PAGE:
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Since the start of the Covid-19 pandemic, the dire state of nursing has been grist for endless headlines, studies, and think pieces, as has the epidemic of clinician mental health problems.

People like me who are concerned about nursing have been hoping that this moment might actually be a catalyst for progress and a step toward enacting some of the reforms the profession needed well before SARS-CoV-2 changed lives around the world. The pandemic exposed — and exacerbated — the cracks that already existed, from understaffing to unsustainable patient loads to workplace cultures that often minimize mental health.


My colleagues and I at Trusted Health were interested to see if the widespread conversations around mental health were being translated into programs, benefits, and institutional and cultural change for nurses on the frontlines. We dug into this via the company’s annual survey conducted in May of this year, which more than 2,500 nurses answered via an online questionnaire.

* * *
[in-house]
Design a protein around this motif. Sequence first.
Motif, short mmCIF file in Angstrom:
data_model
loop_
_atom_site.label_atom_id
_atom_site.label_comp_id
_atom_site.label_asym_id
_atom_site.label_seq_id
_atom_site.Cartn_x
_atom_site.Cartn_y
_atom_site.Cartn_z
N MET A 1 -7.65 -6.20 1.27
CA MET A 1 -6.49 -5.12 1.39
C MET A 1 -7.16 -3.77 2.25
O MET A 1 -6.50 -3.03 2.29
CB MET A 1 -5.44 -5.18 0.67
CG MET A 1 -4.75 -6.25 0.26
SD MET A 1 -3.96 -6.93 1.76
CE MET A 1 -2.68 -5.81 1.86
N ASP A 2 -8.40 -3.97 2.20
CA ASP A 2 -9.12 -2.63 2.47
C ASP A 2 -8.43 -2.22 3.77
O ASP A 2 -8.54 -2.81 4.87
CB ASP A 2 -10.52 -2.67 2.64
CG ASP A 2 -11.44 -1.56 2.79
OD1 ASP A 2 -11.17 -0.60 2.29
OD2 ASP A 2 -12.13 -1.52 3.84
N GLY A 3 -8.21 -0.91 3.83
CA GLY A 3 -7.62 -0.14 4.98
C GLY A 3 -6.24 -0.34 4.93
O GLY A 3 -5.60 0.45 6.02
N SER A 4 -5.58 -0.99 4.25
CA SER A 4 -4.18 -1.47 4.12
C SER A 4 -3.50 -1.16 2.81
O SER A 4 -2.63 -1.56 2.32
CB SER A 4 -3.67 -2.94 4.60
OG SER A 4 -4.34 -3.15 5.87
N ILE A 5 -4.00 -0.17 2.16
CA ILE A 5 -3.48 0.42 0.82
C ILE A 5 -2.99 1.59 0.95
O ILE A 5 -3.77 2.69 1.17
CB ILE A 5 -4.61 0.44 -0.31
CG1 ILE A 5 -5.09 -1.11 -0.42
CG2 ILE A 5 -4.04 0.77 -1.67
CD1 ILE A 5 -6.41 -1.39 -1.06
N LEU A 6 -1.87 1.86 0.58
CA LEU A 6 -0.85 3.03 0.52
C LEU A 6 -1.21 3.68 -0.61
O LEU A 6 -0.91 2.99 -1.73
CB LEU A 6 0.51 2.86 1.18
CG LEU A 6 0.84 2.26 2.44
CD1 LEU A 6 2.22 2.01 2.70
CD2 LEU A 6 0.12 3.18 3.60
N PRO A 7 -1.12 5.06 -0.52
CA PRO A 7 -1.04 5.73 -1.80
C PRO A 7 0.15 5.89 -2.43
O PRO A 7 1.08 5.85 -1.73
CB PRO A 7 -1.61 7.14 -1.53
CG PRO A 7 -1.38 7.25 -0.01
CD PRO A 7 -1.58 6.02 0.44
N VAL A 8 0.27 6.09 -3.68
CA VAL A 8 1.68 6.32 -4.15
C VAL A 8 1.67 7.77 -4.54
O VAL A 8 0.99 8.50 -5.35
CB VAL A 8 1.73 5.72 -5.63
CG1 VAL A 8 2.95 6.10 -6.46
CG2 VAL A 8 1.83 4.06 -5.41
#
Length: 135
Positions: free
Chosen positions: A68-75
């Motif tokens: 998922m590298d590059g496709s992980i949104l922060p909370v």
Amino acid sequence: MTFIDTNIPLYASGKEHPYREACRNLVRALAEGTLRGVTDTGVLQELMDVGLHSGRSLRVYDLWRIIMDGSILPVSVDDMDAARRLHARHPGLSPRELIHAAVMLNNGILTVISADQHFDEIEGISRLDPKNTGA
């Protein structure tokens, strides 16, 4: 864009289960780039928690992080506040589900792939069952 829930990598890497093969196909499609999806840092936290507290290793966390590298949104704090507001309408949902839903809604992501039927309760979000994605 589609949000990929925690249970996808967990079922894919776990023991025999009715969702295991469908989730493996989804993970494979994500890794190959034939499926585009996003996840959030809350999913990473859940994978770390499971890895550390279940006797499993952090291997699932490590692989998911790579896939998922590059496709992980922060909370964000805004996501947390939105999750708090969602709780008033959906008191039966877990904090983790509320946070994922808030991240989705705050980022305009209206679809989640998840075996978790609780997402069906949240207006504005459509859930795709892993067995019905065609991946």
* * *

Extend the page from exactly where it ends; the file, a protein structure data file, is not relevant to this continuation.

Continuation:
The results don’t paint a pretty picture. Nurses’ mental health has not rebounded to anywhere near its pre-Covid levels, even as the most acute phase of the pandemic appears to be subsiding. On a scale of 1 (poor) to 10 (excellent), nurses rated their current mental health and well-being at an average of 5.8, compared to an average of 7.8 before Covid-19, representing a decline of 26%. They also reported a range of physical and mental health issues as a result of the pandemic, including burnout, compassion fatigue, and depression.


The majority of nurses said they were not satisfied with workplace support for their mental health. And perhaps most disturbing, 1 in 10 nurses reported they had had suicidal thoughts since the start of the pandemic, more than twice the incidence of such thoughts among U.S. adults.